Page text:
Tag Heuer – Chronometer – ETA 2892A2
I just recently received this Tag Heuer Chronometer watch that wasn’t working. My initial guess was that the mainspring was broken.
Since I wasn’t exactly sure what was indeed wrong, I didn’t want to take the movement out of the case, and start removing everything to find out it was going to be an expensive repair due to parts being broken and whatnot. I knew that it wasn’t the balance pivots being broken, as that’s just a simple check.
I just removed the rotor and it’s accompanying bridge and quickly took the mainspring barrel out and removed the cover, and voila.
Now that I know it was indeed the mainspring, I can now take the movement out, remove the dial and hands and start dismantling the movement for a cleaning.
I start off on the dial side, since I pretty much already removed everything on the bridge side.
Next, I take all the components of the rotor and bridge apart.
And, use my Bergeon bezel tool to remove the bezel, so I can give the case a proper cleaning as well. It sure looks like it needs one.
And voila, all the parts cleaned and a new genuine ETA mainspring.
As per usual, I like to take care of all the parts that need treatment. The mainspring barrel walls get treated with Kluber P125 breaking grease, the reverser gear gets treated with Lubeta V105 treatment. We use Lubeta to make our lives easier. The reverser gears have a couple of pawls springs inside the actual gear and they need to be oiled. However, properly oiling them isn’t the easiest thing in the world. So, that is why this treatment exists. It’s basically a mix of Rubbing Alcohol and Moebius 9020 oil. Obviously, there are many different mixtures out there. With this treatment, we can just dip the reverser gear for a good 10 – 15 seconds and poof, you’re off to the races 🙂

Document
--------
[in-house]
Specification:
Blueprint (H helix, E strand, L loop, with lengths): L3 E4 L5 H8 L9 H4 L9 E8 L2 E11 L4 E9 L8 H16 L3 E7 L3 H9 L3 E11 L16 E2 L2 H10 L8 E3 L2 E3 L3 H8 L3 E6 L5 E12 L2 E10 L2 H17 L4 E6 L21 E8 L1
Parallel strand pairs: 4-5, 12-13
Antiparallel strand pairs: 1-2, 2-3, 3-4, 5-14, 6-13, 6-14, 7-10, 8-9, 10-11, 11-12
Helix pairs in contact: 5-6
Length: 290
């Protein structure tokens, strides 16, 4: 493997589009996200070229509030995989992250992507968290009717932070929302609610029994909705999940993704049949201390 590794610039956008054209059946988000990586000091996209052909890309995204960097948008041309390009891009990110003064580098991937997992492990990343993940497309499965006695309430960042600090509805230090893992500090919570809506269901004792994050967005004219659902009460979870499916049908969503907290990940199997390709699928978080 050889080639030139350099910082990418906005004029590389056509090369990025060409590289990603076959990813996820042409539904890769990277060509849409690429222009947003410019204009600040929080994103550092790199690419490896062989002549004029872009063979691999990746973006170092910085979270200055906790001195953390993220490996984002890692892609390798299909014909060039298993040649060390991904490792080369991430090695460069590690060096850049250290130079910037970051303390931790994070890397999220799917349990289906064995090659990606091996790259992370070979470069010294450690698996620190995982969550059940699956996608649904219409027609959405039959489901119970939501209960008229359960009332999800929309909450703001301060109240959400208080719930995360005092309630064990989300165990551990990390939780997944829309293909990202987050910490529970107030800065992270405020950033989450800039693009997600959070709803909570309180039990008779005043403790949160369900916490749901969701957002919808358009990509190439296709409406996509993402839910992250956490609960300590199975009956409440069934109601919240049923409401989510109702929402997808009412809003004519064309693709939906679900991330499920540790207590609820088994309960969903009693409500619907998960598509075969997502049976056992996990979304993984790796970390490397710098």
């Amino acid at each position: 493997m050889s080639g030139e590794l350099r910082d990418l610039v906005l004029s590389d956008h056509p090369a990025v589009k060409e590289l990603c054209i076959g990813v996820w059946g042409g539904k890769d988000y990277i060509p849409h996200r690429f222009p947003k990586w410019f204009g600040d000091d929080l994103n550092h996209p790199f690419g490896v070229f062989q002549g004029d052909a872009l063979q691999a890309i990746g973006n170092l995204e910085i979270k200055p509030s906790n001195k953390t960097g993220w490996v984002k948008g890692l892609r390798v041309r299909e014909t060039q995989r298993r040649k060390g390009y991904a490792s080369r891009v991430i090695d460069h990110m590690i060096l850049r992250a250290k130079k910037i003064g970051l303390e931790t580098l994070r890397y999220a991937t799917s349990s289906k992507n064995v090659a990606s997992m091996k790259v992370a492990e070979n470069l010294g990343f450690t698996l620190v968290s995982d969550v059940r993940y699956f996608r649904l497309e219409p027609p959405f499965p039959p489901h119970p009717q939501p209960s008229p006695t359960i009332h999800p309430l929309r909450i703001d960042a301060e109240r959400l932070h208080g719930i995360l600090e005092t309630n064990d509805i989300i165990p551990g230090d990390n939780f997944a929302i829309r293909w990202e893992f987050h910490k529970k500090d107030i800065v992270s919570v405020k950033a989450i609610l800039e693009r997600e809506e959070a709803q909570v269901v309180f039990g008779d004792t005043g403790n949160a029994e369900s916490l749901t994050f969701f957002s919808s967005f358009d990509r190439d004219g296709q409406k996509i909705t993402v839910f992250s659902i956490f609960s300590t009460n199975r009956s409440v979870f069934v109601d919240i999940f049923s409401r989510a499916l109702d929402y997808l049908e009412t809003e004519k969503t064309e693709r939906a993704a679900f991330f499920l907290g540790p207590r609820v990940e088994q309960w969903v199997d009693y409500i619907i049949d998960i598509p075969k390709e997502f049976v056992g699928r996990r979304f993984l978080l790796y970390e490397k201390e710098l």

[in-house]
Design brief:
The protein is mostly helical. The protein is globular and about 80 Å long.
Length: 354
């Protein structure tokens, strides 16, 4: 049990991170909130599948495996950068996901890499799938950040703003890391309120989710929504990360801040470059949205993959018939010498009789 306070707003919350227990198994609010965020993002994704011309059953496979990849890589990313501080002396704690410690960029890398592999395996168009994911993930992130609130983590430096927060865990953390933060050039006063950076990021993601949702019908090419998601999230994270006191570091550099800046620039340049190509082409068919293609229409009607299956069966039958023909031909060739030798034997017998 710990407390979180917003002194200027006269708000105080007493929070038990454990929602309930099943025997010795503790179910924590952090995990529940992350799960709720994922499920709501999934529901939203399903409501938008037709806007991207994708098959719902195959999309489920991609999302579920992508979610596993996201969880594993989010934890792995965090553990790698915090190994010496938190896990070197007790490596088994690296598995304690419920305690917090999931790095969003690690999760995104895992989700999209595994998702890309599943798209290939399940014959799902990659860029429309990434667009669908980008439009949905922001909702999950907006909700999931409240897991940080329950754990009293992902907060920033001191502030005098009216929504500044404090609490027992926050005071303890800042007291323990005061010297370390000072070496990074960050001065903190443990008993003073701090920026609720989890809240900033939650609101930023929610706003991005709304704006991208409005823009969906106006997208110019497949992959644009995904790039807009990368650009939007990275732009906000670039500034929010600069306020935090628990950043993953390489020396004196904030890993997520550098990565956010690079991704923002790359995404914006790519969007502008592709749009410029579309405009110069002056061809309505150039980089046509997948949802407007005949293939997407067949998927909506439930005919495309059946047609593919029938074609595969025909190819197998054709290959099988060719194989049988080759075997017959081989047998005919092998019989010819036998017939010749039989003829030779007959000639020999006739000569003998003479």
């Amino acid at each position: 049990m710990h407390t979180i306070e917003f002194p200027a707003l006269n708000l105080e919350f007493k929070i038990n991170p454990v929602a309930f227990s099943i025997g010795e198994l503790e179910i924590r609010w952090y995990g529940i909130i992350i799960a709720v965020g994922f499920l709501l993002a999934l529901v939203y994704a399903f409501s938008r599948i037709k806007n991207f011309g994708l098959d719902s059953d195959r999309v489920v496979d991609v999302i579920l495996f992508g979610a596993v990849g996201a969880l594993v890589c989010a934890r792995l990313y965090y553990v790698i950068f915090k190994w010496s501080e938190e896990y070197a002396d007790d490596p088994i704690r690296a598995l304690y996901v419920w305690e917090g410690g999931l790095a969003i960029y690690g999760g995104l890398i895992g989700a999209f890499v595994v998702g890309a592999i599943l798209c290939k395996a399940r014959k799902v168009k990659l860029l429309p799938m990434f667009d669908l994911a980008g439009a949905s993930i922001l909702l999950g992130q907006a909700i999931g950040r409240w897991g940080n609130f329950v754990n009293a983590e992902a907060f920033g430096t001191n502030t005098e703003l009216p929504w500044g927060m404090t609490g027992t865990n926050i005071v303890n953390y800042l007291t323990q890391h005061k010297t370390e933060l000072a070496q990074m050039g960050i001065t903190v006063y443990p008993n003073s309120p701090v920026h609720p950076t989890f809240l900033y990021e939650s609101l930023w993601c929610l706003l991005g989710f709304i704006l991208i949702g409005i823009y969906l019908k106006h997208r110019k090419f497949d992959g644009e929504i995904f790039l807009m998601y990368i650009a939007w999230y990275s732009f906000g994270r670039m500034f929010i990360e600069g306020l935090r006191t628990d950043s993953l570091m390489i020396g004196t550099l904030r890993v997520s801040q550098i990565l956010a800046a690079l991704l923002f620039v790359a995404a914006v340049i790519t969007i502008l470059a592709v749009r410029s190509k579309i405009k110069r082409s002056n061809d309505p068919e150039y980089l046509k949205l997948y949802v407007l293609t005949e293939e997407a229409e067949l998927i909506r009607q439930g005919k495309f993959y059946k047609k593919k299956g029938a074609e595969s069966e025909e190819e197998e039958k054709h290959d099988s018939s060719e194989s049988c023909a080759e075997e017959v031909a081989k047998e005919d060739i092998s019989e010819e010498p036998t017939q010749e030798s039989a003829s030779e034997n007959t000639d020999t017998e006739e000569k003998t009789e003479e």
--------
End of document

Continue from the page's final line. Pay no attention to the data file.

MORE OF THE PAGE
Lastly, I treat the escape wheel, pallet jewels and balance cap stones in epilame.
Since I didn’t take a lot of pictures dismantling the movement, I’ll share more putting everything back together 🙂
Sometimes, it’s easy to forget to take pictures. Anyway, it’s time to start putting everything back together. I start with installing the mainspring and the rest of the gear train.
Followed by installing all the parts on the barrel bridge.
Then, I install that bridge as well as the gear train bridge and lastly the pallets.
Finally, it’s time to turn the movement over and start working on the dial side. I start off with the keyless and motion works.
Then, time to start putting together the calendar works after.
When I’m satisfied with testing the winding, the rapid date setting and changing the time. I move on to putting together the oscillating rotor and bridge.
Then, I put the movement on the timegrapher and it’s time to regulate the watch.
And, install the rotor.
Then, the final touches, I install the dial and the hands using my hands press.
The case, case back, bezel and bezel click spring are freshly out of the ultrasonic machine and it’s time to put everything back together. I use Fomblin grease to treat the case back gasket, crown gaskets and bezel click spring.
Finally, time to case it back up.
Then, installing the bezel.
And voila, that’s it.
I hope you enjoyed my latest post. As usual, if you have any questions or comments, please feel free to comment below.